A Better Way to Think About Scooters


(Los Angeles Times)

Bird scooters outside a restaurant in Santa Monica, California, July 23, 2018

Bird scooters outside a restaurant in Santa Monica, California, July 23, 2018

Photo by Lucy Nicholson/Reuters

It's hard to believe that less than a year has passed since Bird scooters first appeared on the scene. Unleashed in Santa Monica last September, they and their competitors are now in 30 American cities and counting.

Some people love the electric scooters for the convenience, novelty, and plain fun of riding them. Many others dislike them for cluttering streets and making sidewalks unsafe.

Cities are now responding to the scooter takeover with new regulations and increased law enforcement. Santa Monica has banned rental scooters from sidewalks, deployed police to ticket riders, and limited the number of operating licenses to a few select firms. Los Angeles has temporarily banned rental scooters altogether while city officials consider how best to regulate them.

Such adjustments are appropriate. But if officials rely only on 20th-century tools to integrate these 21st-century scooters into their cities, they will miss a big opportunity.

Information technology is what makes Bird scooters possible: sensors, big data, the internet of things. So far scooter firms have optimized this technology for private gain. The companies could be impelled to use the same technology to help solve the problems their scooters have introduced.

When it comes to traffic laws, for instance, cities could require that rental scooters be self-enforcing. With their GPS tracking and wireless connectivity, the scooters already transmit their approximate location. If they were outfitted with an inexpensive motion sensor and forward-looking camera, scooters could be programmed to detect when they are being driven or parked on a sidewalk rather than a bike lane, say, or if the current rider's weight matched that of the person whose driver's license was provided at the time of rental.

Privacy could be protected by keeping customers anonymous, matching riding data to riders only if an infraction is recorded. Each rider could be allowed a few warnings. After that, and with privacy protections, the scooter company could determine the appropriate fine and, if the rider wanted to contest the violation, send him or her an invite to traffic court.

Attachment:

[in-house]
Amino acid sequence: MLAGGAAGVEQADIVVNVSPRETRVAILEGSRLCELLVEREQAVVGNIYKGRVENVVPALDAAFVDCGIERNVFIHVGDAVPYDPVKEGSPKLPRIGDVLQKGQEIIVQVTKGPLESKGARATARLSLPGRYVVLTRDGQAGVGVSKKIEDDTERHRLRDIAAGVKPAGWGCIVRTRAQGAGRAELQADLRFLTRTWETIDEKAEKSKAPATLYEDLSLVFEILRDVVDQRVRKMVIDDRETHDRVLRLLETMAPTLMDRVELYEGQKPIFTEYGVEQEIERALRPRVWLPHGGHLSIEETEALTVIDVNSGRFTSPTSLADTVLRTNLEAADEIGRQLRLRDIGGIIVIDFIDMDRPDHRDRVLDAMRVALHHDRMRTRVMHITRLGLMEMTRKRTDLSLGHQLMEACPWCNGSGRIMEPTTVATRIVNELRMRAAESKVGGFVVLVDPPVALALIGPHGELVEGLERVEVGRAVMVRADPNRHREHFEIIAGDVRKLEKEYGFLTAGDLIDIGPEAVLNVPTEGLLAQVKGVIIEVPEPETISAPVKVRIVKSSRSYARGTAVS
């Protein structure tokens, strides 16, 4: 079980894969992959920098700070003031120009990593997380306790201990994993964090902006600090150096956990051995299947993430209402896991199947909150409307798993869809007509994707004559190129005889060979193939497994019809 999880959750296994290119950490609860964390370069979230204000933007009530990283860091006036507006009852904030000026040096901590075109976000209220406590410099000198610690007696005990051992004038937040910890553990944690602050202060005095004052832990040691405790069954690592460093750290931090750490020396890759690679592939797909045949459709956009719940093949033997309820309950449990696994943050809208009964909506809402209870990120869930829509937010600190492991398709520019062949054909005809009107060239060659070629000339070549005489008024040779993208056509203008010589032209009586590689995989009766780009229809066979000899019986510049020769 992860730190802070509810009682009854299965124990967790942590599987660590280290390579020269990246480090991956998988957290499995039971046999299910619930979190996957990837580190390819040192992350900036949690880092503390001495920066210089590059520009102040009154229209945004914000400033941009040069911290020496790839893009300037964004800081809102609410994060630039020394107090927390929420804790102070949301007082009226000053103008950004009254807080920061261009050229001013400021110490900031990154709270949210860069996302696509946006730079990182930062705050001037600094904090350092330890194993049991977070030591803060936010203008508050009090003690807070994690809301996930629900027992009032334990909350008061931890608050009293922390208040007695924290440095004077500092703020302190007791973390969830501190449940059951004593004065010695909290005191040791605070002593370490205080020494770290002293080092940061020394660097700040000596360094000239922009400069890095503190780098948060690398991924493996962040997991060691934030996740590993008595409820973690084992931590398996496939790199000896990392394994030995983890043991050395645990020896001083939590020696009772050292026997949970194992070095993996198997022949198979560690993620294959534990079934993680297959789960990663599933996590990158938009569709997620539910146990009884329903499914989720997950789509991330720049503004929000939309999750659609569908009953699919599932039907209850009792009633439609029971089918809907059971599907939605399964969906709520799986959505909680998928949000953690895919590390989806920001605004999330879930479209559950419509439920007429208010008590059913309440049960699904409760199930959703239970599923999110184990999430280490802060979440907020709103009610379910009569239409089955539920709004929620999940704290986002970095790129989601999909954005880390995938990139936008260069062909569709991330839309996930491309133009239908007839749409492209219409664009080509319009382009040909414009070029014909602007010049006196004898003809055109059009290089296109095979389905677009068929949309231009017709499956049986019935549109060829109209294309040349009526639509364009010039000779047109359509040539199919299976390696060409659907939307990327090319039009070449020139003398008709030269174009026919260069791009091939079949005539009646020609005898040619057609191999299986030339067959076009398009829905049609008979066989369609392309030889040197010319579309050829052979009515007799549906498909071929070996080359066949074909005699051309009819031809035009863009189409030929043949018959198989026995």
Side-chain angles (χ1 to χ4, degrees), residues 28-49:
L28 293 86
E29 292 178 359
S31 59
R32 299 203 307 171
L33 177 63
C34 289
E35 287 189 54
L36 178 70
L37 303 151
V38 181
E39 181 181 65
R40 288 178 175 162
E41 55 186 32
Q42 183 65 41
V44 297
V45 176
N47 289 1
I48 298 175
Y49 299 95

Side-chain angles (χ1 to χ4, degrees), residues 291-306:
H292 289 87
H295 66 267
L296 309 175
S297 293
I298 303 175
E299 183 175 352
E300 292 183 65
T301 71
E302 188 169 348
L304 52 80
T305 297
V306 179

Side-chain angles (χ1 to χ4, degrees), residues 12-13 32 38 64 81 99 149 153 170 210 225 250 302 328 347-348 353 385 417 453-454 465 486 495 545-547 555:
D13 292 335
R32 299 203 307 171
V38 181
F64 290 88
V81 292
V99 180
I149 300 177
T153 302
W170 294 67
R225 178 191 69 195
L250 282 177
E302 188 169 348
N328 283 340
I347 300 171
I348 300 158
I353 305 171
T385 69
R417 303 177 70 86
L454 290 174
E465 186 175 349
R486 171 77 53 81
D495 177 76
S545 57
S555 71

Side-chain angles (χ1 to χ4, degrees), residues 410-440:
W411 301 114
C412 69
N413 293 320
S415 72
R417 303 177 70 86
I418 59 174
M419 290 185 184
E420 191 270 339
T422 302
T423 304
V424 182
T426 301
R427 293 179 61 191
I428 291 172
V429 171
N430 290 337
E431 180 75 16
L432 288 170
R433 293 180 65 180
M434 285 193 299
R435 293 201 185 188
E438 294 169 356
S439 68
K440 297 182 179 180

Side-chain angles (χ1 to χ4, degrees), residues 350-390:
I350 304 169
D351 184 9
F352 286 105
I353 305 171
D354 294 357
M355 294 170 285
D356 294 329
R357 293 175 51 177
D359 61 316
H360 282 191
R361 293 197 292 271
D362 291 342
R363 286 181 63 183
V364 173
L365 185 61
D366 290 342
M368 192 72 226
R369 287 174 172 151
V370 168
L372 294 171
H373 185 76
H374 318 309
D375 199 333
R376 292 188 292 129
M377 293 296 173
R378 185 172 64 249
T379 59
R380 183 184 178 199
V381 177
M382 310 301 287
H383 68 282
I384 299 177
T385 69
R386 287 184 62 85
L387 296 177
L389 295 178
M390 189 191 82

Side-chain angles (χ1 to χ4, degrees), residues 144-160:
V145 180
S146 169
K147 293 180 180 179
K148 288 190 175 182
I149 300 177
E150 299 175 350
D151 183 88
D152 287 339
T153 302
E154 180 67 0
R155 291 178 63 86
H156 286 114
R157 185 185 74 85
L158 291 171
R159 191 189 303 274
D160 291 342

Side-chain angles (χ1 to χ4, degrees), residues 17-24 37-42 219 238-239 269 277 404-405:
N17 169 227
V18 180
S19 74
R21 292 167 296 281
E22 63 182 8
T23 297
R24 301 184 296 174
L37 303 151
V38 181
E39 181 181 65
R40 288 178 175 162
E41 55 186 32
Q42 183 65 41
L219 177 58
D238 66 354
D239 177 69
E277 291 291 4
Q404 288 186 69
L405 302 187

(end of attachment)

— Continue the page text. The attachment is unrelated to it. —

Scooters would still be convenient, but they would be much safer and less disruptive, and the police could spend their time on other things.

Perhaps more important, scooter firms could help cities tackle transit challenges. For example, the “last mile” problem has proved an enduring one, especially in Southern California: Buses or light rail can take someone across town, but if the walk from the last station to final destination is longer than a few blocks, many people will opt to drive instead.

Scooters could be deployed strategically to address the last-mile challenge, and firms could be rated on the extent to which they help solve it. As cities allot resources and limits, such as the number of scooters allowed on city streets, they could give preference to firms that helped most.

The technology required to do most of this is no more complex than that which made scooters a viable business to begin with. Cities simply need to provide the right incentives. Santa Monica has taken a step in this direction by requiring age verification software on scooters.

The rental scooter industry has taken some corrective measures. As part of a “save our sidewalks” pledge, Bird committed to picking up its scooters each evening, monitoring supply and contributing a portion of company revenue toward developing bike lanes. But firms like Bird could be doing much more.

Pretty soon, this won't be about scooters alone. More disruptive transportation technology is on the horizon, including self-driving cars. These new systems could increase safety, reduce congestion, and provide more mobility across the board, provided the technology is harnessed for more than profit.

Robert Lempert is a principal researcher at the nonprofit, nonpartisan RAND Corporation and director of the Frederick S. Pardee Center for Longer Range Global Policy and the Future Human Condition. Tim McDonald is an assistant policy researcher at RAND and a doctoral candidate at the Pardee RAND Graduate School. Andrew Lohn is an engineer at RAND.

This commentary originally appeared on Los Angeles Times on August 28, 2018. Commentary gives RAND researchers a platform to convey insights based on their professional expertise and often on their peer-reviewed research and analysis.